October 2014 had more than its fair share of entertainment news, especially where streaming video was concerned. Announcements from Netfllix, HBO, and CBS signaled to some commentators that the cable bundle is in danger, while others argued that old models will continue to drive the market. We used Canvs to analyze these and other issues as part of our monthly series with CNBC on the business of entertainment.
Netflix Gets into the Movie Business
At the end of September, Netflix announced that its members would be able to stream the sequel to Ang Lee's Crouching Tiger, Hidden Dragon concurrent with the film's theatrical release. While simultaneous release agreements have become common between studios, MVPD video-on-demand platforms, and theaters, this announcement marks the first time Netflix has gotten involved. Right on the heels of the Crouching Tiger announcement, Netflix announced it would release four Adam Sandler movies straight to its streaming platform, bypassing theaters entirely. The Sandler deal represents a novel strategy, but 30% of emotional Tweets about the deal on the day of its announcement expressed "hate," prompted more by opinions about the star than the business arrangement.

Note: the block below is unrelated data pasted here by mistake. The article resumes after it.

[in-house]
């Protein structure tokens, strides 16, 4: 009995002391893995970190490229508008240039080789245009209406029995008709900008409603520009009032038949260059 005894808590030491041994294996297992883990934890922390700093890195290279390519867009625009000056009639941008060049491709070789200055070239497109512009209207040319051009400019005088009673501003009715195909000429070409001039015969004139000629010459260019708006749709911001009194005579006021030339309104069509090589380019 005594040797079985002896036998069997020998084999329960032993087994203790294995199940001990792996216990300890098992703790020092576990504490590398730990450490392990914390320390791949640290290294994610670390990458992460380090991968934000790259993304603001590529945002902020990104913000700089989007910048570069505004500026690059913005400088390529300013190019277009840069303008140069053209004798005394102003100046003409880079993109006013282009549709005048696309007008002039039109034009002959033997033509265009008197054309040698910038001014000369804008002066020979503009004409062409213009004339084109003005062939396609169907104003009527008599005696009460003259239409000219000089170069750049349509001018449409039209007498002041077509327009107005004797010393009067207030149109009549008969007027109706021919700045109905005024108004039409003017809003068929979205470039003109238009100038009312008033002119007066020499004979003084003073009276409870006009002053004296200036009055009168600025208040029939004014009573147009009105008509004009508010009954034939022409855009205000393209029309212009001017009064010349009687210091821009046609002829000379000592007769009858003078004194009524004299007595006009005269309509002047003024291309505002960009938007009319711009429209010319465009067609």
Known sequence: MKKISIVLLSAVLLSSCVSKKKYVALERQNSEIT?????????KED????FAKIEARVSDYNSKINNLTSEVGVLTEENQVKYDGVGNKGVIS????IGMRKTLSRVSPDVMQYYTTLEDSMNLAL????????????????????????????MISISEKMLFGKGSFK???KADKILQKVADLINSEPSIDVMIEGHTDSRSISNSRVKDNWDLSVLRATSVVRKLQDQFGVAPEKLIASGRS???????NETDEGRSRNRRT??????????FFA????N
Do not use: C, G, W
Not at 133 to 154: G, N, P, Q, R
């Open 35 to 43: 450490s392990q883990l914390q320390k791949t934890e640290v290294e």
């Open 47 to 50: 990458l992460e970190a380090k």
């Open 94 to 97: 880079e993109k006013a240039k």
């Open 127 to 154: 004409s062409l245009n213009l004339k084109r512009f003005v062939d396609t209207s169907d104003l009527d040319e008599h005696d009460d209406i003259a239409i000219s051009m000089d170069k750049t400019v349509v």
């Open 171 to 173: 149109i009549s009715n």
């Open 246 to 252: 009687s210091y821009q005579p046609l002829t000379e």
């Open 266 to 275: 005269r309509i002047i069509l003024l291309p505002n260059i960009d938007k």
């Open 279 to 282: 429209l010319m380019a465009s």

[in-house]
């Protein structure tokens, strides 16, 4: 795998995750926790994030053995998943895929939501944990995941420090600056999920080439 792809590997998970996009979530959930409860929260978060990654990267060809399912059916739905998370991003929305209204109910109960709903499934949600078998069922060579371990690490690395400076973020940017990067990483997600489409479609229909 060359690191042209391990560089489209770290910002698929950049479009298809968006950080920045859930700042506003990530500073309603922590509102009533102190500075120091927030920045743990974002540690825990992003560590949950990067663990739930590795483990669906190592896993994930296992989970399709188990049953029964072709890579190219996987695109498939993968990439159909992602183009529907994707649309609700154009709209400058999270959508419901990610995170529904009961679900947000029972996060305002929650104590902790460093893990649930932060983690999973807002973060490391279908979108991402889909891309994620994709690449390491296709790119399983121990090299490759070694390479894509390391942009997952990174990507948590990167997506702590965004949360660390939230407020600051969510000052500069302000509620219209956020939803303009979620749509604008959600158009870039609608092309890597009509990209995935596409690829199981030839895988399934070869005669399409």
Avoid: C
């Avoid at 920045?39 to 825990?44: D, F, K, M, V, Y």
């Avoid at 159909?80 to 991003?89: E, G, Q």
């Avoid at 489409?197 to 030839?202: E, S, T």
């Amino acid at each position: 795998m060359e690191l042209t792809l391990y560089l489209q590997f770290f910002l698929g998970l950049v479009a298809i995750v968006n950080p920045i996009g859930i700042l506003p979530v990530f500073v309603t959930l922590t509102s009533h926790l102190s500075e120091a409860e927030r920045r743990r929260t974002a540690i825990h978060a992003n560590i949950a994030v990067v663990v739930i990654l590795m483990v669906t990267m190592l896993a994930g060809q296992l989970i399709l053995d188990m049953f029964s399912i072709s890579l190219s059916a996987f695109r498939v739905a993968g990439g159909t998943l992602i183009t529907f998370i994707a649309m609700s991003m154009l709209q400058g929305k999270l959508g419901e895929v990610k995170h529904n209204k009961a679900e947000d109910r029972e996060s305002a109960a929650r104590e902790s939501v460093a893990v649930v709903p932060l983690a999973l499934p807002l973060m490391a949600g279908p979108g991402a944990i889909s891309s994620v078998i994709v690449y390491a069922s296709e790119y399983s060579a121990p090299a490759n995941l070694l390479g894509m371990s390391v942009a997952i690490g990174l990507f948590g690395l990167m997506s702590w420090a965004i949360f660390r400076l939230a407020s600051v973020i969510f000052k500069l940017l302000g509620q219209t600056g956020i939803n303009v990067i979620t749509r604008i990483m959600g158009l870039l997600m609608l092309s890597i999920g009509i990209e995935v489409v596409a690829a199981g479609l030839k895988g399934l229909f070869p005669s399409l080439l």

HBO and CBS Announce Streaming Services
On October 15, HBO announced that it would offer a streaming-only subscription to its popular HBO GO platform, meaning consumers will be able to access HBO content online or through a connected device without a cable subscription. The very next day, CBS announced that it would offer a similar streaming-only subscription for its content. The HBO announcement was far more popular on Twitter: while HBO's news garnered nearly 34,000 Tweets in 24-hours, CBS only got about 11,000.
For more detailed analysis on October's entertainment events, check out the infographic below, originally published at CNBC.